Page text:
The People's Climate March was an amazing and valuable achievement. The People's Climate March was a powerful exercise in a nearly powerless strategy. Who, among those with an inkling of the climate disaster already upon millions of beings on the planet, could not be heartened by the numbers, commitment, creativity, energy, joy, and diversity involved in Sunday's protests? The movement showed itself to be... a movement. And yet which of these quotations rings more true? 350.org's emailed "Official reportback from the UN meeting and People's Climate March" outlines a strategy of continuing to let those who have run ours and the world's affairs for decades know how we feel, as if that matters: The next important UN gatherings will be in Lima in December 2014 and in Paris in December 2015. Our hope is to use people-power to ratchet up the pressure on these talks, to channel the voices of millions around the world to increase the accountability and ambition of world leaders in these negotiations. If they are ...
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As the Globe Warms, So Does the Climate Movement 2.10.2014 Commondreams.org Views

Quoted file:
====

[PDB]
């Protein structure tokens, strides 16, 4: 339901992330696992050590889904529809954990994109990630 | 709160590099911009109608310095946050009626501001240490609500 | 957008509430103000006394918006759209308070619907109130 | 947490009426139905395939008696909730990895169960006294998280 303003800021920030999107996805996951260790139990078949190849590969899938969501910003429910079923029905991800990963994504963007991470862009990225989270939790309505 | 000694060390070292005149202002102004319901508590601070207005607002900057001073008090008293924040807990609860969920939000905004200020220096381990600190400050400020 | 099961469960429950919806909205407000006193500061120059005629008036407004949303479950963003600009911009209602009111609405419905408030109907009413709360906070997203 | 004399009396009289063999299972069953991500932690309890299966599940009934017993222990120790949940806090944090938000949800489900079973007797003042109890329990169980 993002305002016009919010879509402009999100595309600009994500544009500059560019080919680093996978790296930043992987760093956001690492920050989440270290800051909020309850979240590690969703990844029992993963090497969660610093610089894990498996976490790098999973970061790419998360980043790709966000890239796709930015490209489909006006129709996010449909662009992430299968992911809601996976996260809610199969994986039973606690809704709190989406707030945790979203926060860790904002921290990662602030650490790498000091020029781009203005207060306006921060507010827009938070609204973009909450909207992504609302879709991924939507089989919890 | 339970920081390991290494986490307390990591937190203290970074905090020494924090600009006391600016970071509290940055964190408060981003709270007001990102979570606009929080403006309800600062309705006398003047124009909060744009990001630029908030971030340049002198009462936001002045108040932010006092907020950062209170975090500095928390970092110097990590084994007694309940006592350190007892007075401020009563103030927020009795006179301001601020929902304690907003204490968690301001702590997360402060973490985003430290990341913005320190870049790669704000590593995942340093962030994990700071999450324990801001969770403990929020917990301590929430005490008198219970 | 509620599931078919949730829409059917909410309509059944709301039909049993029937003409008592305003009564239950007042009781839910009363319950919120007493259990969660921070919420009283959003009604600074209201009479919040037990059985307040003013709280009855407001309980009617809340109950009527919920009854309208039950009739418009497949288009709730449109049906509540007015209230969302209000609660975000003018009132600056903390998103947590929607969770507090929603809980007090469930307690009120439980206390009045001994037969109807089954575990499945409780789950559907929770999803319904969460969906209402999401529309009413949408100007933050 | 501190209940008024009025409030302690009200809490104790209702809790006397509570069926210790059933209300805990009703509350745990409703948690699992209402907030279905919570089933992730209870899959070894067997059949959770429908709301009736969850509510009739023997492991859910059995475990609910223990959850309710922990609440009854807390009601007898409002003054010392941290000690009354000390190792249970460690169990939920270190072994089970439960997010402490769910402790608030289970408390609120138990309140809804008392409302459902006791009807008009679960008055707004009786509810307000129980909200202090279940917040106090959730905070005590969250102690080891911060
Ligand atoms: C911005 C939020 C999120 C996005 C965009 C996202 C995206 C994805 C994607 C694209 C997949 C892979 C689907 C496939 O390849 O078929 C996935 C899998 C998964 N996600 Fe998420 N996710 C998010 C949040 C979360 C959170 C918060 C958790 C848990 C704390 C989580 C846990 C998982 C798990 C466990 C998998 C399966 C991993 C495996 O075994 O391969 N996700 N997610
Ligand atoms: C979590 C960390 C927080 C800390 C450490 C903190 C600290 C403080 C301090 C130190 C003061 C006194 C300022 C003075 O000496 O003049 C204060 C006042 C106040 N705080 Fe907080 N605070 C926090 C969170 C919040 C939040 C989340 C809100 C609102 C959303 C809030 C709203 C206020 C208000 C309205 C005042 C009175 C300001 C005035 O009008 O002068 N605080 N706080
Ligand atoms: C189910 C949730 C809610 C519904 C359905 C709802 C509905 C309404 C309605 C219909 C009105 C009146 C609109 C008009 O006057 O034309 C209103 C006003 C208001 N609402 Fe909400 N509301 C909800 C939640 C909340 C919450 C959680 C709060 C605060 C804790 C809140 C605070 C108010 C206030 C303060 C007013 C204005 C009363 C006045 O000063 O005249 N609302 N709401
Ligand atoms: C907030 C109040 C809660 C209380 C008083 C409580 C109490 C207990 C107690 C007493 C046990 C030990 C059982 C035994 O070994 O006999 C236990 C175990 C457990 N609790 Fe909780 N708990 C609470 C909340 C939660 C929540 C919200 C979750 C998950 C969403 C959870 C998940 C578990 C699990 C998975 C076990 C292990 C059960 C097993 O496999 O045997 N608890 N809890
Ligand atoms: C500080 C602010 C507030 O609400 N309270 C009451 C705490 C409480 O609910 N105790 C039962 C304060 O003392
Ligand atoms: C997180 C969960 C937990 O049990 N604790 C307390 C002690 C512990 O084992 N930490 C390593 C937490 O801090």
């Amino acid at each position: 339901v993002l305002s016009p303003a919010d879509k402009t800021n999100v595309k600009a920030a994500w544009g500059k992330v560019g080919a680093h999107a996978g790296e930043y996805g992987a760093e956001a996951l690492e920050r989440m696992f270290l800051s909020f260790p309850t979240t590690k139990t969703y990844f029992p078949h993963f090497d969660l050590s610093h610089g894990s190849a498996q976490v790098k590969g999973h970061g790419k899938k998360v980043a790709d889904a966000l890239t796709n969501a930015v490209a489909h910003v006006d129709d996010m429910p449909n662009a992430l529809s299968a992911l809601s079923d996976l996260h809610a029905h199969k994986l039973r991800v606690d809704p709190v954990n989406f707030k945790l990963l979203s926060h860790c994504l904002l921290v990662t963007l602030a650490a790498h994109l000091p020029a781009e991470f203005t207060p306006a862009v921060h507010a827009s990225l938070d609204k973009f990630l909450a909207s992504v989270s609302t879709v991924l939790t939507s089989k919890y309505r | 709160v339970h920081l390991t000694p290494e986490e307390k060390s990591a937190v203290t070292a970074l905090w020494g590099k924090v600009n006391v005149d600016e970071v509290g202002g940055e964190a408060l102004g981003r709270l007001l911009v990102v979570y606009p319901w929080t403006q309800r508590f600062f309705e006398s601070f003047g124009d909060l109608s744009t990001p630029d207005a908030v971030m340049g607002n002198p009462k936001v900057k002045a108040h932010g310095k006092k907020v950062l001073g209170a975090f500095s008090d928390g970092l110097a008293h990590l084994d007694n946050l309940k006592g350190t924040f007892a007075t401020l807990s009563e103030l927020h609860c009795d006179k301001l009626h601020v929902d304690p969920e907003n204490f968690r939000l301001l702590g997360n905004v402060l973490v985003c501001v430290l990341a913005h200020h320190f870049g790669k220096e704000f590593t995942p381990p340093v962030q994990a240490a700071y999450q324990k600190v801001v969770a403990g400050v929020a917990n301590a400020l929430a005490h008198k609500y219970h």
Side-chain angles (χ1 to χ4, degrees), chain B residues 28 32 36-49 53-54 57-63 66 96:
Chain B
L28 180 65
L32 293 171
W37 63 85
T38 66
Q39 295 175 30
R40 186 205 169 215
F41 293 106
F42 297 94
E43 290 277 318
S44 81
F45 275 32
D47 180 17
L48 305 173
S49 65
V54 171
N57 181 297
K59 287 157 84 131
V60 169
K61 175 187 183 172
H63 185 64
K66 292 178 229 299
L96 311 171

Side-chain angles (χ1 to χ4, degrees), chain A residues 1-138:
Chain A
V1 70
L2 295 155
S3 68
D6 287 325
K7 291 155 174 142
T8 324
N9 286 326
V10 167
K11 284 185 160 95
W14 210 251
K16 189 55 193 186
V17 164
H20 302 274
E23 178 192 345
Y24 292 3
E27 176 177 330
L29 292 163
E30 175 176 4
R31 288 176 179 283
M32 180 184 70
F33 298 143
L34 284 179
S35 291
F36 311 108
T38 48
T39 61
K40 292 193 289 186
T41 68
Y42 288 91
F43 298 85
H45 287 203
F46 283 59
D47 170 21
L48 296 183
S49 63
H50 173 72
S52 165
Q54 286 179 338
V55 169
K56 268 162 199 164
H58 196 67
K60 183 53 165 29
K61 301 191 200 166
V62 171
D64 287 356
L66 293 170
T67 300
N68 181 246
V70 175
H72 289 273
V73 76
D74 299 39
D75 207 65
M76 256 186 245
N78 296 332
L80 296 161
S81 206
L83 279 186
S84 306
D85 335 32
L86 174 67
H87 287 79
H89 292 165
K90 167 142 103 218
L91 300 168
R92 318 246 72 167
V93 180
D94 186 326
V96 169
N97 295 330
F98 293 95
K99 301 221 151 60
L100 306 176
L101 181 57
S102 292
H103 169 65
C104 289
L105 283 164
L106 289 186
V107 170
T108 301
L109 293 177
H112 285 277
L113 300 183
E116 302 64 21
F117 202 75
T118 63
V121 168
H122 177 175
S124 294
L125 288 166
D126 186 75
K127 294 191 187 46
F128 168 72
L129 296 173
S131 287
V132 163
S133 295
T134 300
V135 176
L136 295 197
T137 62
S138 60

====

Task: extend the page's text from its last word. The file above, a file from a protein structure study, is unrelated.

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South Pacific Nations Plan To Block Australian Coal Port To Protest Climate Change Inaction 1.10.2014 Green on HuffingtonPost.com
SYDNEY, Oct 1 (Reuters) - Protesters from 12 South Pacific nations plan to block ships entering and leaving Australia's Port of Newcastle, the world's largest coal export terminal, this month to highlight effects they say climate change is having on their islands. Some experts say climate change will cause higher tides that will swamp lower-lying Pacific islands and present other challenges such as coral bleaching and an increase in storms and cyclones. A spokesman for the environmental activist group 350.org told Reuters the blockade by a flotilla of small boats on Oct. 17 would be peaceful and last a full day. On Monday, a sole demonstrator from the Front Line Action on Coal group chained himself to a rail line leading to the port and disrupted shipments before being removed by police. Millions of tonnes of coal mined from collieries owned by BHP Billiton Rio Tinto , Glencore and others pass through the port each year. Newcastle handles more than 4,000 ship movements annually, more than ...
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What’s Wrong With the Radical Critique of the People’s Climate March 1.10.2014 Commondreams.org Views